Beaune is the wine capital of Burgundy, a region of universal renown, home to villages, major wine producers such as Montrachet, Saint-Veran, Savigny, Pommard and Puligny. The small town centre is cosy and laid-back with cobbled streets, historic building, charming squares, and as you would expect, a number of shops catering to tourists coming here for wine tastings and wine cellar visits. Situated right in the heart of this historic town is the jewel of Beaune and a place of legend.
The history of Hospices de Beaune dates back to the middle of the 15th century, a time of misery, famine and destitution at the tail end of the 100-years war with the Kingdom of England. In 1441, Duke Philip the Good’s Chancellor, Nicolas Rolin and his wife Guigone de Salins, were given permission from Pope Eugene IV to build a hospital and refuge for the poor. The hospital, also known as “Hotel-Dieu”, was consecrated on 31 December 1452 and the religious order of sisters, “Les sœurs hospitalières de Beaune”, was established.
THE CLIMATS OF BURGUNDY – WORLD HERITAGE
The distinctive qualities and diversity of each plot vineyard land of the Côte wine region of Burgundy, called a climat, have been recognised and defined over centuries of experience and expertise. The heritage buildings of the cities of Beaune and Dijon are tangible examples of this cultural construction. The Climats of Burgundy were inscribed on the World Heritage list in 2015.
A Palace for the Poor
Behind the austere street side exterior lies a spacious courtyard, embraced, as it were, by a series of buildings whose colourful and flamboyant style must have felt both comforting and uplifting, inspiring hope for those in need of care in trying times. The warm and inviting colours of the partially wooden facade and the polychrome glazed-tiled roofs on three sides are offset by the sober monochrome slates of the main hospital building, or the “room of the poor”. The vivid roof patterns and designs, said to be typical of Burgundy, are possibly of eastern European origin. The construction of buildings, a blend of Renaissance and Gothic style elements, was apparently overseen by a Flemish architect and built by French and Flemish craftsmen.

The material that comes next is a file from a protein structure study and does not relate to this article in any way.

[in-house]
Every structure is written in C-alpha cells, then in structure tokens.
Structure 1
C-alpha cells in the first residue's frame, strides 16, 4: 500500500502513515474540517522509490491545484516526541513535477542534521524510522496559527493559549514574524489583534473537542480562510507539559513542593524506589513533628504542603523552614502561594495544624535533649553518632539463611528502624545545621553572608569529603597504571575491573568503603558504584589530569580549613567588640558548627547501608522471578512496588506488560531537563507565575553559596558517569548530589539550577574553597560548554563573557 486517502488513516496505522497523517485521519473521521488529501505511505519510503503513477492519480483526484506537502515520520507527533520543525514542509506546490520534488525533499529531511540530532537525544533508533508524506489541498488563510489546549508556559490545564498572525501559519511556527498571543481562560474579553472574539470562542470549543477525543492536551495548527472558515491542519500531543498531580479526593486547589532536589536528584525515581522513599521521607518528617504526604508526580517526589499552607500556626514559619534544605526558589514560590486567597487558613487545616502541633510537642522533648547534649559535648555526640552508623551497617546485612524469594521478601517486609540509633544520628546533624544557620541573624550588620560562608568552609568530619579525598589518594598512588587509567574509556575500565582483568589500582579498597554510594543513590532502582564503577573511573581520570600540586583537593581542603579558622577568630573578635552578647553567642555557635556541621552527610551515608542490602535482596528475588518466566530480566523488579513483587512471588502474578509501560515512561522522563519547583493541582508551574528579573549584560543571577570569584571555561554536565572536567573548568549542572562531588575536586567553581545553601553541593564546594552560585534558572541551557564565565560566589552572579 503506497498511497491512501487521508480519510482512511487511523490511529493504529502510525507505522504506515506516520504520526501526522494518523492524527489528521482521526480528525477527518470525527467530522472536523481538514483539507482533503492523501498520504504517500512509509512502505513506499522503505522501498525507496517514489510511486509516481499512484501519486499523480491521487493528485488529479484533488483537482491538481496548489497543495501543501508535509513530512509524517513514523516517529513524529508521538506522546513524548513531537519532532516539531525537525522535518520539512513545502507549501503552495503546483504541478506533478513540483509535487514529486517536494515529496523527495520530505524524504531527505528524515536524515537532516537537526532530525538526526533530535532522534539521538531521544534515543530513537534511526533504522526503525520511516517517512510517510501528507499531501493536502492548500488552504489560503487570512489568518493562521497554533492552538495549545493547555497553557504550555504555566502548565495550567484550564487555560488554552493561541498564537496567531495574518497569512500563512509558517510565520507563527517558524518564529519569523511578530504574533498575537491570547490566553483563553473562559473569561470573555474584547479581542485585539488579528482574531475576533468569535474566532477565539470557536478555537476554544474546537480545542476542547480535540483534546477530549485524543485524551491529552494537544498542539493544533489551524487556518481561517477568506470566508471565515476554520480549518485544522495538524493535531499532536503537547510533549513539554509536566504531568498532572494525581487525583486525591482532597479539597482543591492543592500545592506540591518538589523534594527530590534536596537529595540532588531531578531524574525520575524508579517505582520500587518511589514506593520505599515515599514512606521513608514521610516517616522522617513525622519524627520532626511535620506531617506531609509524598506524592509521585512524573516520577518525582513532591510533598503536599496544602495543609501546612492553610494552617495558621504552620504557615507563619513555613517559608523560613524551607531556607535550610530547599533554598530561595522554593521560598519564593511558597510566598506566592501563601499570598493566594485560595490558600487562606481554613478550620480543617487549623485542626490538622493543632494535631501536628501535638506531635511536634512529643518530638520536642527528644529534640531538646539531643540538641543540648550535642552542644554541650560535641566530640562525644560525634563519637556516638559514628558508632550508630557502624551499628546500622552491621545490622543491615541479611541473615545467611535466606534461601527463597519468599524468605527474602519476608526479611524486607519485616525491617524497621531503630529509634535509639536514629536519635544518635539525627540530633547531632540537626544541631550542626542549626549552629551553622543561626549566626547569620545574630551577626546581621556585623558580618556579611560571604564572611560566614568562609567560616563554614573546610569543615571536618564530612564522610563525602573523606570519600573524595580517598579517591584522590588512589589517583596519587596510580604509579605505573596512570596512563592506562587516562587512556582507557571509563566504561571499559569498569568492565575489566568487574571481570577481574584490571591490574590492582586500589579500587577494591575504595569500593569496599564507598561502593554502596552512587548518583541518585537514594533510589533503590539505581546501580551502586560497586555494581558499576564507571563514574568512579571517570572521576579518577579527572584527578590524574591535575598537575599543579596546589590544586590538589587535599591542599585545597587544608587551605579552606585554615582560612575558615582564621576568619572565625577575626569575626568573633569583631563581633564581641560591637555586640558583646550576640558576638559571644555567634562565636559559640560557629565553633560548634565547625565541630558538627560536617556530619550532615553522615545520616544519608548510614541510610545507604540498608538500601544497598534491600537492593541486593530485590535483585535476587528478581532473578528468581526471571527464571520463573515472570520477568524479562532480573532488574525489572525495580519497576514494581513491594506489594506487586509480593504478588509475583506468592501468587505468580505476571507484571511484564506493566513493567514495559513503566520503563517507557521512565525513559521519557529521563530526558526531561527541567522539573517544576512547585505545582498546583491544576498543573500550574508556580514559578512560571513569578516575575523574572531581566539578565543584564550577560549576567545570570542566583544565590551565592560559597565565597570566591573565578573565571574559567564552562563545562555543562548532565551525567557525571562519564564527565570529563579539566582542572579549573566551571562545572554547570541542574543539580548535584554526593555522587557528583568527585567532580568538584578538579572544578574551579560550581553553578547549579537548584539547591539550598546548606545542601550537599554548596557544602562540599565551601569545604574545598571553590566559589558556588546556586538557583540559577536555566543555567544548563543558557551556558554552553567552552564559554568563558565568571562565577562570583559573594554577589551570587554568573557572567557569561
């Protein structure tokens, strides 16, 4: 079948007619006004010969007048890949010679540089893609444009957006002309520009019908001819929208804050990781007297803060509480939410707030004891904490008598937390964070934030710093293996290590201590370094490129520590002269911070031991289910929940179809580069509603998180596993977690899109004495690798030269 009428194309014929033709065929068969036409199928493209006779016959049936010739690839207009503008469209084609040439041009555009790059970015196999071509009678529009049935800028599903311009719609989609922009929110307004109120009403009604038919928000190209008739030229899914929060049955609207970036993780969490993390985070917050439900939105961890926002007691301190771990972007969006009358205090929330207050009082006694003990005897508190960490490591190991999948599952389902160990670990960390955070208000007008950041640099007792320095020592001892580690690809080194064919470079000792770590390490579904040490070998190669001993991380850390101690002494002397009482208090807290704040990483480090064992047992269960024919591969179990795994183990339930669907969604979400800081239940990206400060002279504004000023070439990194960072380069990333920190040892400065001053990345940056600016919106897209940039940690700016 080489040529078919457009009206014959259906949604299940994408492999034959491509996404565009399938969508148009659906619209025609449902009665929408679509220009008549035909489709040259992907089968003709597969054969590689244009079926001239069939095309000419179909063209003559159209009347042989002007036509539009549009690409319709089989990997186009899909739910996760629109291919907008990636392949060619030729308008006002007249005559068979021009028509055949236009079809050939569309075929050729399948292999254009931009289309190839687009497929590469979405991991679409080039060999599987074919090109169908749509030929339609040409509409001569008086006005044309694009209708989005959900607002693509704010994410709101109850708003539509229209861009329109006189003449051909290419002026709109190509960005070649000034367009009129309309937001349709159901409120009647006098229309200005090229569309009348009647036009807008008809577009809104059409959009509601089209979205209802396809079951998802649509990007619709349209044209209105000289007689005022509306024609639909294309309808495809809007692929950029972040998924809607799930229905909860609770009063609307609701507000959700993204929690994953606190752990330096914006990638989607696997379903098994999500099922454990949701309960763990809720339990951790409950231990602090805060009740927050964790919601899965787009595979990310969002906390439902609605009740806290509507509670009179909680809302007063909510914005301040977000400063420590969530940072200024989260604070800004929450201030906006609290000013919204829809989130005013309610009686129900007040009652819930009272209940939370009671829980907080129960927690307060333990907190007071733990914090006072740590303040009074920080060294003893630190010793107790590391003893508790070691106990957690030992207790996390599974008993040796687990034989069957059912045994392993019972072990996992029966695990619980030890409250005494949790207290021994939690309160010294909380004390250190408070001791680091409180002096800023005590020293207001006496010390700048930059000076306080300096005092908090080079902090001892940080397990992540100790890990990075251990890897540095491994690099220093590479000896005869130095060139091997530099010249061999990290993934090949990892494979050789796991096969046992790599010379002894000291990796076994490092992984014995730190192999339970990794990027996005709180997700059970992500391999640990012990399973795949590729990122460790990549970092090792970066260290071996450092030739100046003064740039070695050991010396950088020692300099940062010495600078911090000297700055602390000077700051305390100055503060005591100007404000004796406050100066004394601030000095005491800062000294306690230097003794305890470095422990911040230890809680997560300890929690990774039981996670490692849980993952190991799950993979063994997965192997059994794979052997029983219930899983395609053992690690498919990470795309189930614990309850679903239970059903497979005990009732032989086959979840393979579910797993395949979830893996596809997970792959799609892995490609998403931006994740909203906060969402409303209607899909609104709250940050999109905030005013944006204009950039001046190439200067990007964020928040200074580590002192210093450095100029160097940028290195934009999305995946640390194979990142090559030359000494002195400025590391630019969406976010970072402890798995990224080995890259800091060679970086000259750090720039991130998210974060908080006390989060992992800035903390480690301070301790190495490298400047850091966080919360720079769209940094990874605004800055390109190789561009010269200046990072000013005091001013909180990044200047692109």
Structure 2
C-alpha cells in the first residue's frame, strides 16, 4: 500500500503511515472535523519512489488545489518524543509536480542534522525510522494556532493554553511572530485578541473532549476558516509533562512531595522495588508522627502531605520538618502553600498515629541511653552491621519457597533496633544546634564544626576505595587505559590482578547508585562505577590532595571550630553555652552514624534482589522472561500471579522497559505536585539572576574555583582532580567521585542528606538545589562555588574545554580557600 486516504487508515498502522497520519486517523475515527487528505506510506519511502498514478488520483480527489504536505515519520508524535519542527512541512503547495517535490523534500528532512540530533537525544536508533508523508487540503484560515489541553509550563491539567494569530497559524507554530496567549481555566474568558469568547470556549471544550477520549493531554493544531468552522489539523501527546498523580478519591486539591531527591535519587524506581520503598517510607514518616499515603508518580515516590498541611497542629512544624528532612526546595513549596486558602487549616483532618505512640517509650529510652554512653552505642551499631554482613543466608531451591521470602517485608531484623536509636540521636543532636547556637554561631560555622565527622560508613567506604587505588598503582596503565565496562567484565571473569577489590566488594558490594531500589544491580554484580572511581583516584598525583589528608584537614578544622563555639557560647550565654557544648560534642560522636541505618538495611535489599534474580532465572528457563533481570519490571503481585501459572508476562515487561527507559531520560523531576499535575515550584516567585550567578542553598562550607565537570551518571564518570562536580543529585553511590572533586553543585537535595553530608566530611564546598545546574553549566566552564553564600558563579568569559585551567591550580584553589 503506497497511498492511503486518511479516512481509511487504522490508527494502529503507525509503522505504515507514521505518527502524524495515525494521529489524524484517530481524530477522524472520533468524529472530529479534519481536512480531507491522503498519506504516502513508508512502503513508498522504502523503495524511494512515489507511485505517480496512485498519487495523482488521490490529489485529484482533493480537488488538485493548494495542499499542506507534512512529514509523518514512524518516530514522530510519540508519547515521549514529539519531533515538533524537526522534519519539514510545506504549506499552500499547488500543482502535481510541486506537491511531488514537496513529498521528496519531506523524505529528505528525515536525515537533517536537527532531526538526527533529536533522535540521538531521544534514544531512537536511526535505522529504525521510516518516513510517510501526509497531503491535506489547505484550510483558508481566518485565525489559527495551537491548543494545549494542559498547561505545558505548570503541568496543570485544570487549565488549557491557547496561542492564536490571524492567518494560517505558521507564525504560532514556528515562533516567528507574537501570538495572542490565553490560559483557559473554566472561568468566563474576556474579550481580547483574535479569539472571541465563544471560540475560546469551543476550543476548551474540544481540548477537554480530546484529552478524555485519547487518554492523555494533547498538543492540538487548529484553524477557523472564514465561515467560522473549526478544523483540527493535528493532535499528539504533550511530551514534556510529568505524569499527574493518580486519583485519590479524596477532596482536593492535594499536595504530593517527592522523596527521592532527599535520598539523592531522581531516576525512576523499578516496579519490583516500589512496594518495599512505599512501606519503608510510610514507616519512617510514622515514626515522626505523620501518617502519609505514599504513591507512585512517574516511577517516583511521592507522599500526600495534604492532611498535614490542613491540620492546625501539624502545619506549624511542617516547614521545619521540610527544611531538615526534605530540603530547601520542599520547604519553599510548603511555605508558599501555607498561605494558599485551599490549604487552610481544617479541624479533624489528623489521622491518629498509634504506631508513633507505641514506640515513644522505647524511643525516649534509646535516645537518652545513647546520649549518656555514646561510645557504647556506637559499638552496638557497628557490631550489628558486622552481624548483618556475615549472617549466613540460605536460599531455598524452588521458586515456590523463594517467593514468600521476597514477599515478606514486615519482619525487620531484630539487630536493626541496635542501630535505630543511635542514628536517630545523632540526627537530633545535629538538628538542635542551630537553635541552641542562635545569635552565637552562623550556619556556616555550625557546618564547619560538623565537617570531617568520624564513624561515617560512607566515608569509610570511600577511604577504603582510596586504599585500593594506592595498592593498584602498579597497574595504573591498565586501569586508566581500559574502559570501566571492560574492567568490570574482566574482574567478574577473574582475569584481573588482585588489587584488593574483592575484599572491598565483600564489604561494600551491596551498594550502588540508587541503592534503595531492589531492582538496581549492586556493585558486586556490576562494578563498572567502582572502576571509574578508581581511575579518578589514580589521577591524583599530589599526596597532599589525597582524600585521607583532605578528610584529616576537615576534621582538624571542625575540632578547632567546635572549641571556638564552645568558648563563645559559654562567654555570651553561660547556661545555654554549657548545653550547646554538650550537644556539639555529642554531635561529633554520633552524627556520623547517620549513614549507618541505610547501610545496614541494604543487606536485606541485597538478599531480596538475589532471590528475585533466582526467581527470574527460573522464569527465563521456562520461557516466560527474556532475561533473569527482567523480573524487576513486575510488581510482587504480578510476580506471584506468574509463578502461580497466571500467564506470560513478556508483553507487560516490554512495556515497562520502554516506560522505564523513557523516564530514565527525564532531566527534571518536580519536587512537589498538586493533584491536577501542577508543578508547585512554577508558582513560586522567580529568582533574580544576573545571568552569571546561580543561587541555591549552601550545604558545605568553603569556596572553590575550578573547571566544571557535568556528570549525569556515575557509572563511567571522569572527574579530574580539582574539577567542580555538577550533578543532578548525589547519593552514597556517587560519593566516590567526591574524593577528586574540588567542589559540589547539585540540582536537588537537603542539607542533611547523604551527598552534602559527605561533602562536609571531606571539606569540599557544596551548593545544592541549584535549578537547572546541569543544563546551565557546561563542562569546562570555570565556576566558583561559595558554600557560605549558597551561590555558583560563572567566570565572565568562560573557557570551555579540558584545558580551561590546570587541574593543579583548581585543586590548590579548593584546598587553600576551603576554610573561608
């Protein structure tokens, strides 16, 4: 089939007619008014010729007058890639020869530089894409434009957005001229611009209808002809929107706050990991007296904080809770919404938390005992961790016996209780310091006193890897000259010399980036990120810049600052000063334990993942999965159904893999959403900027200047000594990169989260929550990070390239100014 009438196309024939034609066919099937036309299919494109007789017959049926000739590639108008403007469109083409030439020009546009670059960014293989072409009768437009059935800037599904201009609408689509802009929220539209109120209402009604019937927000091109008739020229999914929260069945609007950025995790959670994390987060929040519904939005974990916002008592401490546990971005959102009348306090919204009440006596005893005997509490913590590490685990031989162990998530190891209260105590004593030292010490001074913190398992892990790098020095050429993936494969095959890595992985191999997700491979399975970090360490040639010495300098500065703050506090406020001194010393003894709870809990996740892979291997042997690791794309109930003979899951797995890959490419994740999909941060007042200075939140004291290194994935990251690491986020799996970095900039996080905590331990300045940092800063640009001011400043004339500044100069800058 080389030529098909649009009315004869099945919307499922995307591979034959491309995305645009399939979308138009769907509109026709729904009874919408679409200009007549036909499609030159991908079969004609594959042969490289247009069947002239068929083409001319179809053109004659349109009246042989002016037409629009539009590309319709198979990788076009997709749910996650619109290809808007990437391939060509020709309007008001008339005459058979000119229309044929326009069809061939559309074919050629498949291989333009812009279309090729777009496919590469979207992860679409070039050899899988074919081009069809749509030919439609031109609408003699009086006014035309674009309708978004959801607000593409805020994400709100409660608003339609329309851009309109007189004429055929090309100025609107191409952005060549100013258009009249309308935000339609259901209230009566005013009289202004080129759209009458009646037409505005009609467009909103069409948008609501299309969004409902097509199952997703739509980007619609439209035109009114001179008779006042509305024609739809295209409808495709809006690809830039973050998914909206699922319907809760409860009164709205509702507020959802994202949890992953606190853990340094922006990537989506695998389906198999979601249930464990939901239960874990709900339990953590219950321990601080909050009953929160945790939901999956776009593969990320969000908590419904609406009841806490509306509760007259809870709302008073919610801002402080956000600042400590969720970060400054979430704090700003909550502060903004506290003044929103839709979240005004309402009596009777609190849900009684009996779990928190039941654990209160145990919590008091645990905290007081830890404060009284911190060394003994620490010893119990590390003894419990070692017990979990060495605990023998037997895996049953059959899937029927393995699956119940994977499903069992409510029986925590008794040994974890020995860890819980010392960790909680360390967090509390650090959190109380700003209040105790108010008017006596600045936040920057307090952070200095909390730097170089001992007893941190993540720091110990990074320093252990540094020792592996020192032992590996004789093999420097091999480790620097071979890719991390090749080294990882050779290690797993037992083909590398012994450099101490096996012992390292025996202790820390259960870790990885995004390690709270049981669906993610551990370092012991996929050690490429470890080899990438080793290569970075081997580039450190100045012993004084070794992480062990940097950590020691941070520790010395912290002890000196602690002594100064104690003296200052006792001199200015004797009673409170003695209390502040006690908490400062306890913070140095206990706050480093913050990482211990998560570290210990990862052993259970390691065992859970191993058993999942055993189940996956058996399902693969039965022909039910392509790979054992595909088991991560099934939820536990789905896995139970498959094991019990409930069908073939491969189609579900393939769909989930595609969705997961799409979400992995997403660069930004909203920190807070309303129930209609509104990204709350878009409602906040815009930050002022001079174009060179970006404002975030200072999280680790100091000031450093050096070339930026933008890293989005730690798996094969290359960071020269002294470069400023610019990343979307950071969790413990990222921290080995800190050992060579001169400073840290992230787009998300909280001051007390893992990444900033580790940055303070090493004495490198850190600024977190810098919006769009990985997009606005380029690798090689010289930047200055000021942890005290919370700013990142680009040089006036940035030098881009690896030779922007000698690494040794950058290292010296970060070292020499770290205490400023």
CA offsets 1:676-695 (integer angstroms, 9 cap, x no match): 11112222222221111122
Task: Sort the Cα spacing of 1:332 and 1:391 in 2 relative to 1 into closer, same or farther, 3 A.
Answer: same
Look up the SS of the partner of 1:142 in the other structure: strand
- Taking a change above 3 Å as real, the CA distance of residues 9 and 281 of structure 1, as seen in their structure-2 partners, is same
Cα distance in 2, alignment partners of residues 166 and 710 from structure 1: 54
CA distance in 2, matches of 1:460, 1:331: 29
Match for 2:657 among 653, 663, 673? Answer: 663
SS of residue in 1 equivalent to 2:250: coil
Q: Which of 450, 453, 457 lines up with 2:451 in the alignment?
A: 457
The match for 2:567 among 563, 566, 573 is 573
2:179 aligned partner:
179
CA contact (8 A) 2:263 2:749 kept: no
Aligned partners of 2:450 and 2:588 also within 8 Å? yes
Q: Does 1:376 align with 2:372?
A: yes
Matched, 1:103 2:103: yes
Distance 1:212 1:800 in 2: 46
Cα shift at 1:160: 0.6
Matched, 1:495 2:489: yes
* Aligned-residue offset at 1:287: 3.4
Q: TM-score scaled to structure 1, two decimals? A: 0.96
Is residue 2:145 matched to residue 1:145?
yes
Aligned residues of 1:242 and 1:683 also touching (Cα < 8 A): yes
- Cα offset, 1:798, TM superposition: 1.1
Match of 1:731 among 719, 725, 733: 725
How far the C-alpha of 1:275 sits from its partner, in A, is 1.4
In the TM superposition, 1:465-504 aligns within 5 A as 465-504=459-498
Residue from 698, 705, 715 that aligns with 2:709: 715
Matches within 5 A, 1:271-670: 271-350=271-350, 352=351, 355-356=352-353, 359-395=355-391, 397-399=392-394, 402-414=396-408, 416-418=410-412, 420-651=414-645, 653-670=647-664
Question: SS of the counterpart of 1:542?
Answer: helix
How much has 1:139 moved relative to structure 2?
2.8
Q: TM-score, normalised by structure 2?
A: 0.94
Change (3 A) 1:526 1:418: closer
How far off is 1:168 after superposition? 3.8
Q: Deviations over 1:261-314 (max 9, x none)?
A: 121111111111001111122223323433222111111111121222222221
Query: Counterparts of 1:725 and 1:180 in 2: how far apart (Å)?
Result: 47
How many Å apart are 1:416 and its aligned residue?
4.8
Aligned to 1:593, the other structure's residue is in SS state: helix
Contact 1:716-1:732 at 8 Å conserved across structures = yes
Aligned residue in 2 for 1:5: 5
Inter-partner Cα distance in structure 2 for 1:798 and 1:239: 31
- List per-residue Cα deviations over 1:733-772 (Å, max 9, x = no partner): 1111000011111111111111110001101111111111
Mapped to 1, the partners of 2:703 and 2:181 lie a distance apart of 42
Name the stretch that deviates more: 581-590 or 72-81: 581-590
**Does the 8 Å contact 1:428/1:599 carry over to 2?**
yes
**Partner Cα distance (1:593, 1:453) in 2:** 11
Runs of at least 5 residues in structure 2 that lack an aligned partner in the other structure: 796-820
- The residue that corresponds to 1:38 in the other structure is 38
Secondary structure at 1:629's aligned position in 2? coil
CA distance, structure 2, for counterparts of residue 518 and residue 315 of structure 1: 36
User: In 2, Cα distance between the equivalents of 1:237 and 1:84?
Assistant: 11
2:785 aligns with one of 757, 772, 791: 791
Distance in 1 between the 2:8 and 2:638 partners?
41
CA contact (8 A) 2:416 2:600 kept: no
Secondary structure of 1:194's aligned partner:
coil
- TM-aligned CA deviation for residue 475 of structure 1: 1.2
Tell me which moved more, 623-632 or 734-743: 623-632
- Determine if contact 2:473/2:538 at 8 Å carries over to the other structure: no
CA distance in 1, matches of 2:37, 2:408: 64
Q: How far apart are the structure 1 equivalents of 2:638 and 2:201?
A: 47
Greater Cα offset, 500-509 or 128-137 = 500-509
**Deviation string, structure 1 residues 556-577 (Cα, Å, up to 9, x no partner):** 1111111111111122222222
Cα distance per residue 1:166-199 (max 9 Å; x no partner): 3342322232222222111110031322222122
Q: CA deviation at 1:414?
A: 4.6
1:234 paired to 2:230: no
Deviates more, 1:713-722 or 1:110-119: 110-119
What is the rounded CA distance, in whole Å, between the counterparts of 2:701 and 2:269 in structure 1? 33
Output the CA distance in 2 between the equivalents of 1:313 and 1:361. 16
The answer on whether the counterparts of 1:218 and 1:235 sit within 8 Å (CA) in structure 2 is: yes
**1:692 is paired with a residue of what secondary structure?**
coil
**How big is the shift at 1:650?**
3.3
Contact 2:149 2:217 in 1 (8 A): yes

A highlight among the many artistic treasures at Hospices de Beaune is the exquisite altarpiece depicting scenes from “The Last Judgement”. Painted by the Flemish artist Rogier van der Weyden (see detail below), the fifteen panels polyptych is considered to be an absolute masterpiece of the golden age of Flemish painting.
Photos (clockwise order):
From the pharmacy
Nurse and patient
Detail of “The Last Judgement” by Rogier van der Weyden
Detail of beam and ceiling in the room of the poor (see photo below)
Annual wine auctions
The Domaine des Hospices de Beaune is a non-profit organisation which owns some 61 hectares of vineyard land, producing wines in the Grand and Premier cru classification. Taking place on the third Sunday in November, the Hospices de Beaune charity auction have been arranged every year since 1859.